TAPOL, the Indonesia Human Rights Campaign,
25 Plovers Way, Alton Hampshire GU34 2JJ
Tel/Fax: 01420 80153
Defending victims of oppression in Indonesia and East Timor, 1973-2001
Embargoed until 9 am 13.06.01
The Catholic aid agency CAFOD, CIIR and London-based TAPOL, the Indonesia Human Rights Campaign are joining other international aid agencies and human rights groups to press for an international criminal tribunal for East Timor.
A statement endorsed by 45 signatories released at an international donor conference on East Timor, meeting today in Canberra, Australia, urges the international community to set up an international tribunal without further delay.
The occupying Indonesian army and their militia allies unleashed a wave of violence in East Timor up to and after the 30 August 1999 independence vote, including systematic murder, torture and rape.
CAFOD’s East Timor Programme Officer Catherine Sexton says, “Indonesia has prevaricated too long on this issue. Jakarta does not intend to pursue justice for the East Timorese. It is now time for the international community to act. An international tribunal must be set up. Timely justice and the ending of impunity are essential for peace and reconciliation in East Timor and for democracy and stability in Indonesia.”
In February 2000, the UN Security Council required Indonesia to bring to justice those responsible for crimes against humanity in East Timor as soon as possible. Many of the suspects were high-ranking Indonesian army commanders.
Indonesian President Abdurrahman Wahid’s recent decree establishing an ad hoc tribunal for crimes committed in East Timor allows for prosecution of crimes committed only after the 30 August 1999 independence ballot. Many crimes committed before the vote will go unpunished in Indonesia, such as a massacre at Liquica Church on 6 April 1999 when more than 50 people were killed.
Indonesia’s inability and unwillingness to administer credible justice was further demonstrated by the outcome in May 2001 of proceedings against those accused of involvement in the killing of three employees of the UN High Commissioner for Refugees in Atambua, West Timor in September 2000. The six accused were not charged with murder or manslaughter, but with lesser offences. Consequently, their sentences ranged from only 10 to 20 months imprisonment.
Sexton says, “It is evident that the Indonesian authorities are neither willing nor able to administer meaningful justice in relation to the East Timor crimes. The international community’s decision to allow Indonesia time to try the perpetrators has not worked and the international community’s inaction can no longer be justified.”
The agencies say the absence of credible justice in East and West Timor is seriously undermining attempts to repatriate those among the 100,000 or so refugees remaining in West Timor who wish to return home. The failure to prosecute those responsible for serious crimes helps to fuel an environment in which intimidation is widespread, humanitarian assistance is severely hampered and refugees are unable to make free and informed decisions about where they wish to live.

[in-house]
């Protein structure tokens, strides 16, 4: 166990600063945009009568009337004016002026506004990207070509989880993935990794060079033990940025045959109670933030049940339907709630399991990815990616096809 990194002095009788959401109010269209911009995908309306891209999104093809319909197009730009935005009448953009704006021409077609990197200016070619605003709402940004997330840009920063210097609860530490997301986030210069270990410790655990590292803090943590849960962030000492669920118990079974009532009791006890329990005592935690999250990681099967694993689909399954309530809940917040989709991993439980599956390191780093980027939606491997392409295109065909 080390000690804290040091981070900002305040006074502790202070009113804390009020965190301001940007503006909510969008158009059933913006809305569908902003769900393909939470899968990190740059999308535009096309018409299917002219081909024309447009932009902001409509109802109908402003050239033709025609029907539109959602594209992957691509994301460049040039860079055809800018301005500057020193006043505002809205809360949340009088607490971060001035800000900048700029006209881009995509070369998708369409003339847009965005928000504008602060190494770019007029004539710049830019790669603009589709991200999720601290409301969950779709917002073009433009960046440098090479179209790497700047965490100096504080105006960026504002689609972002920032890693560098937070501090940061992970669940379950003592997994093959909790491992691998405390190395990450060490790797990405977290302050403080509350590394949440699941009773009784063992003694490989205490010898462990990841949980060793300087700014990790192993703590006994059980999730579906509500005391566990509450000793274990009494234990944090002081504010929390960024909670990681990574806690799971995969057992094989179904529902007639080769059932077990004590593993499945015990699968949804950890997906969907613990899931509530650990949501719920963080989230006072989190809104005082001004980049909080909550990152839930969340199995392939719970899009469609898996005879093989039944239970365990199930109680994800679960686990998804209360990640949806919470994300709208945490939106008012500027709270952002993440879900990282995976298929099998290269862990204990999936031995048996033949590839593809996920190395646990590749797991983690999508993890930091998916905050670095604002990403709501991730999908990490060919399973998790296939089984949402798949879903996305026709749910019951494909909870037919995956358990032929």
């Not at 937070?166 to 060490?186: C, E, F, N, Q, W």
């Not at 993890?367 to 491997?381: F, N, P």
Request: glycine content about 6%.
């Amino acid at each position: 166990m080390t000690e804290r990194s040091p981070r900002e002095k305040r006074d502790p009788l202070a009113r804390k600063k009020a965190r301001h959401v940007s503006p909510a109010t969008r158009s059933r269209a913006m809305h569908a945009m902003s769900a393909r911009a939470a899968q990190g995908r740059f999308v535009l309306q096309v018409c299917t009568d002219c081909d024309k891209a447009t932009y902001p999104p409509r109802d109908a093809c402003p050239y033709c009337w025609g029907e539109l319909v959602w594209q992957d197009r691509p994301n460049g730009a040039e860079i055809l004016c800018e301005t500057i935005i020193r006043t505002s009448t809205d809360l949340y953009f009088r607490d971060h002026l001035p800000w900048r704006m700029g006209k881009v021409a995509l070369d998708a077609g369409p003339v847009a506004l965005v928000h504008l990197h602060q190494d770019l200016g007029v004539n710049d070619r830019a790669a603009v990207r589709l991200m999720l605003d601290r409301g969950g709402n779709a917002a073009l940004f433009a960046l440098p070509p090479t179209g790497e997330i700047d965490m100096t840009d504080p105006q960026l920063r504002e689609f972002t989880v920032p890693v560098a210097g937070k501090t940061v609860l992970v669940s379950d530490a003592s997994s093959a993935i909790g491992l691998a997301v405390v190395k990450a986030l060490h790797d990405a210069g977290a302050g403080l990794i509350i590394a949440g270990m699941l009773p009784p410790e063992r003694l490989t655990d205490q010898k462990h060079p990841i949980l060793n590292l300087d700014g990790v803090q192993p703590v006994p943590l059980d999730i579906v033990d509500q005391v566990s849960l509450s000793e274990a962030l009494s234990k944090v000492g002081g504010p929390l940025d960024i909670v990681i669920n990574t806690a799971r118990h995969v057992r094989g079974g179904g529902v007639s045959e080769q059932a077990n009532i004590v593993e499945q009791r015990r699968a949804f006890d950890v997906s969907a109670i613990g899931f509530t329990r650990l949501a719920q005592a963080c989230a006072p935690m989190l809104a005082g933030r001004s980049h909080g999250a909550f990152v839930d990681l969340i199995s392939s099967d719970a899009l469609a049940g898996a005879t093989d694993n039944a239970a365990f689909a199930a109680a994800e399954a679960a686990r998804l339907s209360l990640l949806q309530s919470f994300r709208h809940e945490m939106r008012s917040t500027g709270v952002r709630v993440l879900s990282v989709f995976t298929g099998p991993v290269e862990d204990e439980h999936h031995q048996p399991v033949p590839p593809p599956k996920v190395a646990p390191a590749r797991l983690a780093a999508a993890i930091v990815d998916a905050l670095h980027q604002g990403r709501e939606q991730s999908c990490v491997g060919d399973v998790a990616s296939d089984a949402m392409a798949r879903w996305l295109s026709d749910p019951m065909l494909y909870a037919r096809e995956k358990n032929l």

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8 Catholic aid agency CAFOD calls for war crimes court on East Timor
“It is clear that there is no political will in Jakarta for any serious steps to be taken against those who commit human rights atrocities. Jakarta’s efforts on this front have lost all credibility. ... One of the best steps towards the development of democracy in the long-run is the promotion of justice and the rule of law. CAFOD is concerned that groups being seen as clearly above and outside the law will affect the development of democratic principles in both East Timor and Indonesia, and will only promote the use of violence in both societies. ... It is time for the international community to realise that we can best support these fledgling democracies by bringing to justice those guilty of such atrocities. Indonesia cannot and will not do this itself, and it is time for the establishment of an international tribunal on East Timor.” Catherine Sexton, CAFOD Programme Officer for East Timor
26 TAPOL: Indonesia forfeits right to conduct Timor trials
“The Indonesian authorities have cynically misled the international community as to their true intentions and cannot be trusted. Indonesia is neither willing nor able to provide justice to the long-suffering victims of the appalling crimes committed by the Indonesian military and its militia proxies in East Timor. International justice must now take its course.” Paul Barber, TAPOL, the Indonesia Human Rights Campaign
2 2000 CCET: Christian churches call for justice and peace in East Timor
"While the International community ... has waited for the Indonesian government to try perpetrators, the defenceless victims of these mostly pre-meditated actions, are struggling to come to terms with huge physical and emotional loss. No healing process can start in the knowledge that perpetrators are at large, and will go unpunished. Without healing, East Timor's unique chance of founding a nation based on higher principles rooted in freedom and equity, will be still-born. Justice is vital not only to East Timor's future, but also to the future of Indonesia, which is also struggling to found a democratic state based on the rule of law.
* We call for an international ad hoc tribunal in which both Indonesia and East Timor will participate.
* We call for all suspected perpetrators to be tried, regardless of their military rank."
Christian Consultation on East Timor (statement signed by 36 Christian organisations and churches)
BD: Calls for International War Crimes Tribunal - A collection of recent reports, articles and news
BD: War Crimes & Crimes Against Humanity - A collection of recent press releases, petitions, articles and news